Dr Franz Karg of Avancis analyses the BIPV market

Avancis chief executive Dr Franz Karg looks at how Chinese construction giant CNBM’s purchase of his company highlights a growing interest in building-integrated thin film PV.

Avancis factory worker preparing for product shipment; Avancis Chief Executive...

It was perhaps not the most obvious buy-out in the world. PV has a long association with buildings, but that does not mean you can expect construction companies to purchase solar panel makers.

Yet, recently China’s building materials and glass group, China National Building Materials Group Corporation (CNBM), completed the acquisition of Avancis, the German manufacturer of copper indium gallium selenide (CIGS) photovoltaic modules. CNBM is one of the world's largest building materials groups.

While Avancis will continue to operate under its current name and produce and distribute PV modules under the PowerMax brand, it is clear this could be a big step forward for building-integrated PV (BIPV).

CNBM has already stated that preparations to restart an improved production process at the 100MW Avancis plant in Torgau, Germany, are to begin immediately. This will include new hires, the company has said.

At the same time, an Avancis technology centre in Torgau and a research and development centre in Munich will continue their research, development and small series production activities.

“The German pioneer in CIGS technology is focused on the production and continuous improvement of PowerMax Smart modules to be used for ground-mounted systems and in the building industry,” says Avancis.

A large majority of Avancis employees have accepted to transfer to CNBM, the company confirms. And Avancis product guarantees remain unchanged for all current and new customers.

So with Avancis’s future now assured, the question is how much the company will be able to make of the ever-beckoning BIPV market. Here Dr Franz Karg, chief executive, surveys the market opportunity.

Q. To what extent will BIPV become a focus for your business now that you are part of CNBM?

With CNBM we have one of the world's largest corporations for building materials as a parent company. In this respect, the synergy between construction and thin-film technology for BIPV is certainly obvious.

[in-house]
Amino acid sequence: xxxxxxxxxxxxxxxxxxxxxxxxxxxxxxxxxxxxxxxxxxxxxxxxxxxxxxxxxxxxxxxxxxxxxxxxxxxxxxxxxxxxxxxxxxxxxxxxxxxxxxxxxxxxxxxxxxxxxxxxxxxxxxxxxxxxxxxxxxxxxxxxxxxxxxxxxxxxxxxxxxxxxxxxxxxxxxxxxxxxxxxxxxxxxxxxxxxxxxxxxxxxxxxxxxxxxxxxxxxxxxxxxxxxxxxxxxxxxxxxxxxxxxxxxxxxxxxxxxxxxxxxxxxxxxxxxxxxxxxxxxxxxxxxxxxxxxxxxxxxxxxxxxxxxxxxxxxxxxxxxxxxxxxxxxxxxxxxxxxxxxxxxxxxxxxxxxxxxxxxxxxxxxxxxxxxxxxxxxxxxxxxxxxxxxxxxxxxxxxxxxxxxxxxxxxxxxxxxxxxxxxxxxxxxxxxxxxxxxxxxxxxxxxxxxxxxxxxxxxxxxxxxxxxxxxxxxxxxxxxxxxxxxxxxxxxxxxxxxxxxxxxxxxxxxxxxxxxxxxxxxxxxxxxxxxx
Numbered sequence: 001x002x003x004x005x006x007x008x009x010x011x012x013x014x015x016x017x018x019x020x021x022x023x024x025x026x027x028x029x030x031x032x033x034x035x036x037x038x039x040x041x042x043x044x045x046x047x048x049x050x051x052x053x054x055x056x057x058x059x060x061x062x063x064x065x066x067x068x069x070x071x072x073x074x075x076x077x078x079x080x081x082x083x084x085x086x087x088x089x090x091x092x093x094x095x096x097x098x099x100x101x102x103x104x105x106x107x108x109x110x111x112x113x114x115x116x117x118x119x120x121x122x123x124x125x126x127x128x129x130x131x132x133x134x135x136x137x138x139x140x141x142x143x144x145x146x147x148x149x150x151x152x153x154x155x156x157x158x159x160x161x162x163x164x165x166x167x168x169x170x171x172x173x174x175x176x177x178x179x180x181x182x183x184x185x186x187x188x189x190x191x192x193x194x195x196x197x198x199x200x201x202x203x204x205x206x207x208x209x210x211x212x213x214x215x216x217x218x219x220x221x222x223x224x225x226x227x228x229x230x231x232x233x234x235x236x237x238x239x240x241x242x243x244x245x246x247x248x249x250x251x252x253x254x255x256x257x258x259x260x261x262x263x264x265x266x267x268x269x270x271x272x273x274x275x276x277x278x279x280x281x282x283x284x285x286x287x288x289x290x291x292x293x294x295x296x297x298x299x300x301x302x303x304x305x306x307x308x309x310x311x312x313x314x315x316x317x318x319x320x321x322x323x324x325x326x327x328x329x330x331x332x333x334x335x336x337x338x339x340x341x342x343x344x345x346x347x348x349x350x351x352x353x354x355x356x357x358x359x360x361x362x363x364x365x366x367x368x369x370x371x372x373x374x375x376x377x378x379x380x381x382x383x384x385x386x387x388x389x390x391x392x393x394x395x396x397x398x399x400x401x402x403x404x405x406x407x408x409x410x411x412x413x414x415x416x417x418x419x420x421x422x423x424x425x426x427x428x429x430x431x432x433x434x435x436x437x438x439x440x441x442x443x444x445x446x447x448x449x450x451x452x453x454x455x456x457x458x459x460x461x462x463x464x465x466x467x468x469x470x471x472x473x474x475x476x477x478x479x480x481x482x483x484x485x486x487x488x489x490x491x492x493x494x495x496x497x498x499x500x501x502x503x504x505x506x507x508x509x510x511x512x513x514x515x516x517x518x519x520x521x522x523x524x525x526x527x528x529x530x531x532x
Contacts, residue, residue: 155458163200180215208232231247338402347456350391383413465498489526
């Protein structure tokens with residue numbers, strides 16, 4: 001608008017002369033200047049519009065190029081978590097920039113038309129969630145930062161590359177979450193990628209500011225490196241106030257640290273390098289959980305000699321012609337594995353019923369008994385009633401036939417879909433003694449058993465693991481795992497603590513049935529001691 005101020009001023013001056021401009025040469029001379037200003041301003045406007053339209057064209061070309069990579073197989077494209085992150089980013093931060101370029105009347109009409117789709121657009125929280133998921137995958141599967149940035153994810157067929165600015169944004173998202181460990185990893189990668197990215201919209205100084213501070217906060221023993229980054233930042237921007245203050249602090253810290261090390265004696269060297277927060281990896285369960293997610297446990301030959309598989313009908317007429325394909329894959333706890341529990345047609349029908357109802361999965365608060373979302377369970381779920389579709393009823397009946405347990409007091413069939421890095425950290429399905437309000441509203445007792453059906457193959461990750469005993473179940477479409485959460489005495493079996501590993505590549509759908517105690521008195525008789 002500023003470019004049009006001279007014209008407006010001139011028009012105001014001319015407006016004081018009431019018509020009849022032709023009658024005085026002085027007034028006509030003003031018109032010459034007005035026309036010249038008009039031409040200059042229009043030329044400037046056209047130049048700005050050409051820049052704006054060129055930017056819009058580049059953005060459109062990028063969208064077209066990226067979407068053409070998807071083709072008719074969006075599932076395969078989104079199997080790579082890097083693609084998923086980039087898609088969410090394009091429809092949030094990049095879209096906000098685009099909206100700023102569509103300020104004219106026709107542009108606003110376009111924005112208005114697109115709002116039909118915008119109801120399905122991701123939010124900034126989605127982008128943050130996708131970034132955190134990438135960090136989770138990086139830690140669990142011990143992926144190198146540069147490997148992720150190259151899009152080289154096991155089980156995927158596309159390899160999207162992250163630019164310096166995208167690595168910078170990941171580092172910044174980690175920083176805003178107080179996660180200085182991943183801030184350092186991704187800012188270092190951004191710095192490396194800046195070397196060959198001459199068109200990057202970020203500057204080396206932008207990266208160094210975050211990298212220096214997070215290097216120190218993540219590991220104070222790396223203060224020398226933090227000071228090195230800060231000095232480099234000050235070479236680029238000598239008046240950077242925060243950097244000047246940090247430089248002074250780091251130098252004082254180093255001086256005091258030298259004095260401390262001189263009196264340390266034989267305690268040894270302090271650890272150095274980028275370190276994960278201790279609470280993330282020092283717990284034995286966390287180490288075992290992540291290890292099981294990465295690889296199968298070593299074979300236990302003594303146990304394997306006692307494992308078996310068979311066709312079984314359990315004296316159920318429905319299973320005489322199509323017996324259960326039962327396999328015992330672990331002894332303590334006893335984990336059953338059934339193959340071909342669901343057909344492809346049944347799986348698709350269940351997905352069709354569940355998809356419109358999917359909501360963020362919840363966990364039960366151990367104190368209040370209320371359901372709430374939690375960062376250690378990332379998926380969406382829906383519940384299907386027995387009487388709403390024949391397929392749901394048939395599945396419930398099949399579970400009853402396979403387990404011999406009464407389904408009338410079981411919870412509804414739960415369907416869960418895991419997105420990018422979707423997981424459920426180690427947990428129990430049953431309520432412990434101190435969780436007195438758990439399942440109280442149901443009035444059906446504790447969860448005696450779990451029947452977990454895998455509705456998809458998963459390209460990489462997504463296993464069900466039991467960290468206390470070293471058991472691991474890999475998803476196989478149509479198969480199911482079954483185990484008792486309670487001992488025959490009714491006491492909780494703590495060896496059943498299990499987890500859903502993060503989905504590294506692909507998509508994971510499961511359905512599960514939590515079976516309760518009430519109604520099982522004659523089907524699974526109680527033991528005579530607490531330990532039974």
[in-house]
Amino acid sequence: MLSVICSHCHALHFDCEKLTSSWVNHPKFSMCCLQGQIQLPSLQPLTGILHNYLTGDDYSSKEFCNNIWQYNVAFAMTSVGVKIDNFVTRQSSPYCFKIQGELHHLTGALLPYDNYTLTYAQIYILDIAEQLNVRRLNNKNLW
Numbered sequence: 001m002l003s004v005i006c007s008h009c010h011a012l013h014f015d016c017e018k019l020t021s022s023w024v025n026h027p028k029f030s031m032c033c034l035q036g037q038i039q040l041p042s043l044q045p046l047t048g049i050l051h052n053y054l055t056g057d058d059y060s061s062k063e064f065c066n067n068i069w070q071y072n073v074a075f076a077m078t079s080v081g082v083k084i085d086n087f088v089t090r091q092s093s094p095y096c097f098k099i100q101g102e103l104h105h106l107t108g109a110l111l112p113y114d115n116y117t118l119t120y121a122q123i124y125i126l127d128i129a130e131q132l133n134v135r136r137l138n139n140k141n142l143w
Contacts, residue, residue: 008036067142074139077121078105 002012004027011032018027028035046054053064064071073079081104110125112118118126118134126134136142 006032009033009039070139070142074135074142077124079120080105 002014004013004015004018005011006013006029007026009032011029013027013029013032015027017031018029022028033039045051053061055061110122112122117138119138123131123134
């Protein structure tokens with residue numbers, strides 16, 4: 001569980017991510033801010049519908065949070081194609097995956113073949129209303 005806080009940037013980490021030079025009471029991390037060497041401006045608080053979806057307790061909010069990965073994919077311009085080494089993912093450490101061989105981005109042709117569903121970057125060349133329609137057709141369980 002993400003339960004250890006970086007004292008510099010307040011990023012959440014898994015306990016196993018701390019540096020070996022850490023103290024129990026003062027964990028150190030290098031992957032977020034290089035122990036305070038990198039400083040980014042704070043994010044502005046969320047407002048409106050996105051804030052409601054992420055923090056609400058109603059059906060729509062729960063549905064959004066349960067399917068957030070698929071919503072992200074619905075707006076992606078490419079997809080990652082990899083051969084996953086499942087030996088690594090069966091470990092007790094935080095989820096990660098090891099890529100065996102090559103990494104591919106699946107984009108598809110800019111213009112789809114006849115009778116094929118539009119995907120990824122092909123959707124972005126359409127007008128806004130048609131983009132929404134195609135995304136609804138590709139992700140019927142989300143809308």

Our development activities in the BIPV environment have, however, started long before our integration in the CNBM Group. About two years ago we started the further development of our frameless PowerMax module for elegant rooftop solutions and façade integration.

Firstly, as a thin-film manufacturer, we got the national technical approval for our frameless PowerMax module as a construction material in May 2014.

Our focus for BIPV is the adaption of our standard production of the classic one-size-fits-all module towards gaining a bigger flexibility in providing customised modules as roof and facade elements.

Q. How is BIPV currently being incentivised in different markets?

BIPV in different regions of the world is supported by very active incentive programmes.

For us, especially worth a mention is the ambitious incentive programme of the British government in approaching BIPV projects up to 5MW for commercial and industrial roofs and major public buildings. These incentives cannot be ignored.

Q. Is BIPV worth the investment and what kinds of customers are willing to pay for it?

BIPV is always a real investment alternative when it comes to building projects, in private, industrial or public sectors, which are designed to fulfil green building certificates.

Q. How does BIPV compare to rooftop installations and what are the benefits of each?

BIPV is still today a project business. Each renovation, new construction or re-modelling project in the private, industrial or public sector is different and not standardised. Another difference to rooftop arrays is that the BIPV module is a building material.

Besides generating electricity, there’s a need to fulfil functions of the building envelope, such as water tightness and thermal insulation. Of course, these multiple functions lead to different costs and return calculations.

Q. How do you see the BIPV sector taking off in future?

The BIPV market is definitely still a niche market based on its real market volume compared to the conventional PV solar business. We see the capacity of the market currently still in the size of a few megawatts.

In the coming years the BIPV market will bring new business models, combining standardisation in the production with individual customer requirements.

We expect new collaborations across the solar and building industry, real estate, equipment and construction companies, which will change and drive the market to growth.

Q. Which geographical markets currently offer the most promise?

The rapid and high growth rates vary regionally.

They depend on the different economic subsidy incentives for private buildings, the legal energy efficiency requirements for renovations or new construction of public buildings, as well as the basic economic needs of energy services in remote regions or climatic conditions.

Despite the strong reduction of the financial incentives and the continuing economic problems in the euro zone, Europe still remains the largest market for BIPV products.

We see other notable new markets for BIPV, which will probably arise by 2017 in China, India, Malaysia, Thailand, Vietnam, Brazil, Chile, South Africa and the Middle East.